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Revision as of 19:27, 7 November 2011 by Dwalsh (talk | contribs) (Easily Create Secure Containers)
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Feature Name

Create a tool sandboxcontainer that will allow an administrator to easily create a LXC Container to run the an application server, with libvirt and SELinux locking it down.


This change allows an administrator to run multiple services on the same machine each service in a secure Linux Container. sandboxcontainer takes an executable and sets up all of the mountpoints and libvirt container information to run the application within the container. Then libvirt will be able to launch the container with a SELinux context that will prevent the containers process from interacting with other process on the system including other containers. This could allow an administrator to run multiple web servers simultaneously each with their own data and sharing the system data, even running as root, but prevent them from breaking the host machine or other processes on the system.


  • Email:

Current status

  • Targeted release: [Fedora 17]
  • Last updated: Mon Nov 7 2011
  • Percentage of completion: 20%

Detailed Description

libvirt as of Fedora 16 has the ability to run processes within a container, the problem with this is the processes can run as root and can easily break out of the container. Also it is fairly difficult to setup one of these containers to run a particular service, for example apache.

We want to make the processes of setting up these containers easier and to use SELinux and containers together to lock down the processes running within the container, meaning you could run multiple customers on a host and prevent them from attacking each other or the host.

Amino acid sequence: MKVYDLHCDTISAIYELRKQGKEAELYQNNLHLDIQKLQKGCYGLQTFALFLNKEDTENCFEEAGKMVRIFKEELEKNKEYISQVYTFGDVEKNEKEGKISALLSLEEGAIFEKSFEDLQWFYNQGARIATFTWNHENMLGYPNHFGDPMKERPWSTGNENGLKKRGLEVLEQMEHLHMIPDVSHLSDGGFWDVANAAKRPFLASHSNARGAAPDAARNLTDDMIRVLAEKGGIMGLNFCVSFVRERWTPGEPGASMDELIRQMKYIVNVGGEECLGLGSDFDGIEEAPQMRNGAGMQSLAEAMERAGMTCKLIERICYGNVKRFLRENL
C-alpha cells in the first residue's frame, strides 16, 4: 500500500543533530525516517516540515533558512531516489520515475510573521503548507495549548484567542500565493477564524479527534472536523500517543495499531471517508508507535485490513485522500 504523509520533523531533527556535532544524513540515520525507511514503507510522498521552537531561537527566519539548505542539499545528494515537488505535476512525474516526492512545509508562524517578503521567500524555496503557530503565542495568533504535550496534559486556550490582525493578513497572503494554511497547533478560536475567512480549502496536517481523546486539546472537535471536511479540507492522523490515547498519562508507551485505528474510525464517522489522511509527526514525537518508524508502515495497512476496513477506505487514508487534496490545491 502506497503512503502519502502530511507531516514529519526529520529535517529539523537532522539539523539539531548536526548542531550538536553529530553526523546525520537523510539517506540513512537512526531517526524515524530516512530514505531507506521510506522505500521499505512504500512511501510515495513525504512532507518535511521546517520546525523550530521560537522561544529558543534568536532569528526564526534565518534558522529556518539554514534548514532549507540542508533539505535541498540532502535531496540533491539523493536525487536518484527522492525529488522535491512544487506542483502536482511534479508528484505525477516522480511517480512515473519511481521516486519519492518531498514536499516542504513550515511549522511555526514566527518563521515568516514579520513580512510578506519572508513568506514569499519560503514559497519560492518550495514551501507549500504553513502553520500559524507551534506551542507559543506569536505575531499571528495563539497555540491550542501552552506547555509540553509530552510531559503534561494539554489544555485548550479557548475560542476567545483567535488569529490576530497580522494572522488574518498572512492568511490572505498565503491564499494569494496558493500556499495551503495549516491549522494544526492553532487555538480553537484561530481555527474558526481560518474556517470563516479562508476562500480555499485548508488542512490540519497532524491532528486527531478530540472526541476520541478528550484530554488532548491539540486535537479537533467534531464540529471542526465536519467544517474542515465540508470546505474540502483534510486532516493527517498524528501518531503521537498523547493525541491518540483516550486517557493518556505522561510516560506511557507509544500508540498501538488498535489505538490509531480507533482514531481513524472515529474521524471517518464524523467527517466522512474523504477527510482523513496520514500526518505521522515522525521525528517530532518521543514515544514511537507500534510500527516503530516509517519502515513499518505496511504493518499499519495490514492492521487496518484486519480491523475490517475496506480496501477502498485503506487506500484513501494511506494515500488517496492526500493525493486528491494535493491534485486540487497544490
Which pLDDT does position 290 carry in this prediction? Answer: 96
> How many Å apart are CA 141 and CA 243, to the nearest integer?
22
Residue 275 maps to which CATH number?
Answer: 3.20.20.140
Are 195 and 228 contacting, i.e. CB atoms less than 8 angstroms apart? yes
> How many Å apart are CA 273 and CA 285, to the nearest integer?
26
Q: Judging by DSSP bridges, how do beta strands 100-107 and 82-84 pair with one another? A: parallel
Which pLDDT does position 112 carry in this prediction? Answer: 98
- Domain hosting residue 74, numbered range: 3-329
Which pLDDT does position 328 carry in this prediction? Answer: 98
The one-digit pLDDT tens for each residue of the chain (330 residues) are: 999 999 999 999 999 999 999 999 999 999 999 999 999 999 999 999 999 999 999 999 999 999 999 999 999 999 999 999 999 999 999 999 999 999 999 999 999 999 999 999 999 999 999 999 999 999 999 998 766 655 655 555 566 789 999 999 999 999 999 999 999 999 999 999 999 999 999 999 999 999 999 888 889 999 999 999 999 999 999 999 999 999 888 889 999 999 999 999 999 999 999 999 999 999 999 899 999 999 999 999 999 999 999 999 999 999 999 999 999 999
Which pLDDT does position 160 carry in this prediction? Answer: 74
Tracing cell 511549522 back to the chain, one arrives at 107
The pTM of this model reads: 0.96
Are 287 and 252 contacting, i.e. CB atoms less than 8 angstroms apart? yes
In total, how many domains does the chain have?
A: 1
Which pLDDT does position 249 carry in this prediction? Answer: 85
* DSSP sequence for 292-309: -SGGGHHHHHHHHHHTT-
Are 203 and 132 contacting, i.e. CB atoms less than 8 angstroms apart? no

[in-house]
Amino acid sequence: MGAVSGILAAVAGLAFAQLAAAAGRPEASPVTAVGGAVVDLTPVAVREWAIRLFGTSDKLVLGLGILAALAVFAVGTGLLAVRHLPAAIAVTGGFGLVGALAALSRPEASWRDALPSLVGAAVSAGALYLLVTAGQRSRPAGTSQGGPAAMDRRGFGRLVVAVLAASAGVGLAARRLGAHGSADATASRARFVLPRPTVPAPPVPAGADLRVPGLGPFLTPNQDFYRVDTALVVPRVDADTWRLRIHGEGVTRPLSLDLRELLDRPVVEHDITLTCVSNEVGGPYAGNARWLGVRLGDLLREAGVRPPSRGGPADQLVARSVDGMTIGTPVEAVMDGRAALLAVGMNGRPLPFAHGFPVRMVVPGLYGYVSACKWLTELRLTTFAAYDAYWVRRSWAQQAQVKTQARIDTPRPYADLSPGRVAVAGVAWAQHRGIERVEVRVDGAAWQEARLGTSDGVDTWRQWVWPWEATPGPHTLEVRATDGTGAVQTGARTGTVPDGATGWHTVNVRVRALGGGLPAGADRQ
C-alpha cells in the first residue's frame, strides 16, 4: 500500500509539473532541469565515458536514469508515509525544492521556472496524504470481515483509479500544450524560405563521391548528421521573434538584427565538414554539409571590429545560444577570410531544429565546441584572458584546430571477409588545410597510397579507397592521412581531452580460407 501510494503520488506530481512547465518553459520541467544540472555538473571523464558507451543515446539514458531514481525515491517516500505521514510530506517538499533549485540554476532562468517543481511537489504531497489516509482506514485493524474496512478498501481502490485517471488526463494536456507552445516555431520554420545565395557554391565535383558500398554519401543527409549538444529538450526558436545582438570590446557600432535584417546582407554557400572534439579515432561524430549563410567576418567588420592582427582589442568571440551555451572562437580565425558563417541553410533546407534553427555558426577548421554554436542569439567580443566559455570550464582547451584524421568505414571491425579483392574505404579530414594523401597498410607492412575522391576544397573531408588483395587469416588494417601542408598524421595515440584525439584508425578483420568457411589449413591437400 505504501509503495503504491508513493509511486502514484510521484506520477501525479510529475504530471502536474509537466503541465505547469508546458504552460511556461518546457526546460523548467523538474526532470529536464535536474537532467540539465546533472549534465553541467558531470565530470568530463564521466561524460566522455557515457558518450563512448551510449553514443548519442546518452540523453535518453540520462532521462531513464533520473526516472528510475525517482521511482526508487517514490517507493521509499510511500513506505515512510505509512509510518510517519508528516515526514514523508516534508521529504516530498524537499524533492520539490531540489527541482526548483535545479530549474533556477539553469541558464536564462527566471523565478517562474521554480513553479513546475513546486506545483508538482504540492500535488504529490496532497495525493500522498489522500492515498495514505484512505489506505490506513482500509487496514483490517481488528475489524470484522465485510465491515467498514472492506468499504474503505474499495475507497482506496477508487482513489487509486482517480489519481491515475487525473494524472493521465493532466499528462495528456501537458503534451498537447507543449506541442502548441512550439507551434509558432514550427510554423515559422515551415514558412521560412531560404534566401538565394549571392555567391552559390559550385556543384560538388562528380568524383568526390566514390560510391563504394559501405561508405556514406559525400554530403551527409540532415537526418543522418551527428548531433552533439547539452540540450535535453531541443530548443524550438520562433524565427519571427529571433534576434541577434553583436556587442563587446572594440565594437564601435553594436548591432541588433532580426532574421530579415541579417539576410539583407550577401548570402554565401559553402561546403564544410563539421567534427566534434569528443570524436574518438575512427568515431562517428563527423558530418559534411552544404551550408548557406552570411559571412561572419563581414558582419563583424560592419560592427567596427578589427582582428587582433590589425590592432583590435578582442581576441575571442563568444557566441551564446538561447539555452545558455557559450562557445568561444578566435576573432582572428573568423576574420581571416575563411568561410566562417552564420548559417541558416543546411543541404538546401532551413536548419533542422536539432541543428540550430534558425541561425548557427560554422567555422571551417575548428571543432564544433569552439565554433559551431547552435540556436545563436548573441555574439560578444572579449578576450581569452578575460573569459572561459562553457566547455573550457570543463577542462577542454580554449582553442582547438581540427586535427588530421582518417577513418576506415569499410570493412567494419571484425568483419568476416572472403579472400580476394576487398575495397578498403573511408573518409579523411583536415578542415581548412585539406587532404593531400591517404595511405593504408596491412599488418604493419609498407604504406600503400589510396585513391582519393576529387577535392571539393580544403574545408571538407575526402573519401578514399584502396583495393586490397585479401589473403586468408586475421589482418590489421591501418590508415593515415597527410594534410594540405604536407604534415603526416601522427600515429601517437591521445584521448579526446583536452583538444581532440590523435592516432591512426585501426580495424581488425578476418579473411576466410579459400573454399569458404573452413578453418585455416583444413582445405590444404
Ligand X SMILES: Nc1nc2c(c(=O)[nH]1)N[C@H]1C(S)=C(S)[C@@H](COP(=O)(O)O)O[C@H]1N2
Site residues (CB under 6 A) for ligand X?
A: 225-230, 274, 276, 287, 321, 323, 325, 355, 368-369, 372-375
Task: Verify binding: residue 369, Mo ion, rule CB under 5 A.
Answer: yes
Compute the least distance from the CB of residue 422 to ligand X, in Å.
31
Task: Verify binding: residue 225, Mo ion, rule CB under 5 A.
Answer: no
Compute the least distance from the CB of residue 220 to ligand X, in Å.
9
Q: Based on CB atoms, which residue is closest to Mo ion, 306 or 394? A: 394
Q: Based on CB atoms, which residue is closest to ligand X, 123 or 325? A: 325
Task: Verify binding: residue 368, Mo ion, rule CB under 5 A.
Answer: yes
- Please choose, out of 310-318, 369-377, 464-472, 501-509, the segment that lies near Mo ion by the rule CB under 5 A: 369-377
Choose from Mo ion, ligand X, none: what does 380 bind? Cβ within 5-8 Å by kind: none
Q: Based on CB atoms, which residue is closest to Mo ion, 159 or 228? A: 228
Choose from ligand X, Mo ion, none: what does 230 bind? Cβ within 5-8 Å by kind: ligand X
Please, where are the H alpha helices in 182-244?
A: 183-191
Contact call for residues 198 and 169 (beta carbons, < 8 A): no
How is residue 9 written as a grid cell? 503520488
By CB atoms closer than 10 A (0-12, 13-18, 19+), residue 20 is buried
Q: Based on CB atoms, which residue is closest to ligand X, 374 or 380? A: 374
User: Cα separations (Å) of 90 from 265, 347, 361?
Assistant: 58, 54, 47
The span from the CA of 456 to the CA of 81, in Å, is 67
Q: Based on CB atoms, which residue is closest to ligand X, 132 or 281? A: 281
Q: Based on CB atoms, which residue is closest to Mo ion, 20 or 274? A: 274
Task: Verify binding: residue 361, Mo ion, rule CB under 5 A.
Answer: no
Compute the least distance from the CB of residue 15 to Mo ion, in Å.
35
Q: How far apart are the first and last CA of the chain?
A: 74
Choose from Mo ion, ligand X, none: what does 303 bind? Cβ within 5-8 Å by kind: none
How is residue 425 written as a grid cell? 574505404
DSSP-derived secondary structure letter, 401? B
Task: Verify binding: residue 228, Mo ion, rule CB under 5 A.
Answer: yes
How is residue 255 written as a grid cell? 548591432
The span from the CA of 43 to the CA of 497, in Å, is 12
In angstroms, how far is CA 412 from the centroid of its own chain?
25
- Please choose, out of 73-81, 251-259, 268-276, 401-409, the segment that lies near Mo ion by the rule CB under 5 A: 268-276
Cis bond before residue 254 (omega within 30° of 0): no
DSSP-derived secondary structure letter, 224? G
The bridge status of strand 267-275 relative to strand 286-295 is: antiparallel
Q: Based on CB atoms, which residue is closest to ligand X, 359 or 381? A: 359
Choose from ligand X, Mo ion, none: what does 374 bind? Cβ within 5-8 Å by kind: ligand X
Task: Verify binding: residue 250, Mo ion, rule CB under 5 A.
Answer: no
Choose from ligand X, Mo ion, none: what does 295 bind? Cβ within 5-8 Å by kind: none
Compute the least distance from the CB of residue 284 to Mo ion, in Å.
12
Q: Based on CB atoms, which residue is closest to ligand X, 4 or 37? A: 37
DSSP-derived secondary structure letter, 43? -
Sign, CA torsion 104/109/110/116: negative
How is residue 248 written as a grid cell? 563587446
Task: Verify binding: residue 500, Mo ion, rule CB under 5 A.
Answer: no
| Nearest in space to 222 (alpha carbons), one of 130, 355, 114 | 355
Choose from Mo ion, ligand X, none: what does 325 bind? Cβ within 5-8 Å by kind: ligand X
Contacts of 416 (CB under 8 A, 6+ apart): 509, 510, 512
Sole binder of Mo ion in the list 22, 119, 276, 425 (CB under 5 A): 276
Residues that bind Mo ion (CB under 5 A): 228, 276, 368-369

Benefit to Fedora

Linux Containers is a low level way of doing virtualization, and allows you to run multiple copies of the same service at the same time on a system. It has some advantages over full virtualization as it does not have to wait for an entire system to boot, it can use less memory and can use the base OS, in a read/only manner.


This change effects

  • SELinux Policy writers
    • New policy has to be written to define what a confined application container is allowed to do
  • Kernel and SELinux toolchain changes
    • One problem we have with the way the kernel currently labels files, is that MCS portion of the label is applied based off the process level not the level of the directory that the file was create in. This means when a process running as unconfined_t:s0 creates a file in a directory labeled svirt_lxc_file_t:s0:c1,c2, the file will be created as svirt_lxc_file_t:s0 and the container will not be able to use the file, until the administrator changed the label.

This feature requires that the kernel support new policy construct to allow the policy writer to specify whether the MCS Label is inherited from the parent directory MCS Labelor from the creating process MCS Label.

  • libvirt
    • Has to be able to launch the container with a new SELinux context for containers,
    • potentially libvirt will have to mount a container file image with a random MCS label
  • sandboxcontainer
    • New tool needs to be created which will look at the content related to an executable, by examining the rpm database, then optionally create an image file or a directory on disk and populate the image/directory with the default content to be used for the container. It will also create the XML database used by libvirt and actually create the virtual machine definition. Finally it will create a default "init" which libvirt will execute when it starts the linux container.

How To Test

Users should be able to easily establish containers and be able to run multiple containers simultaneously.


Release Notes

Comments and Discussion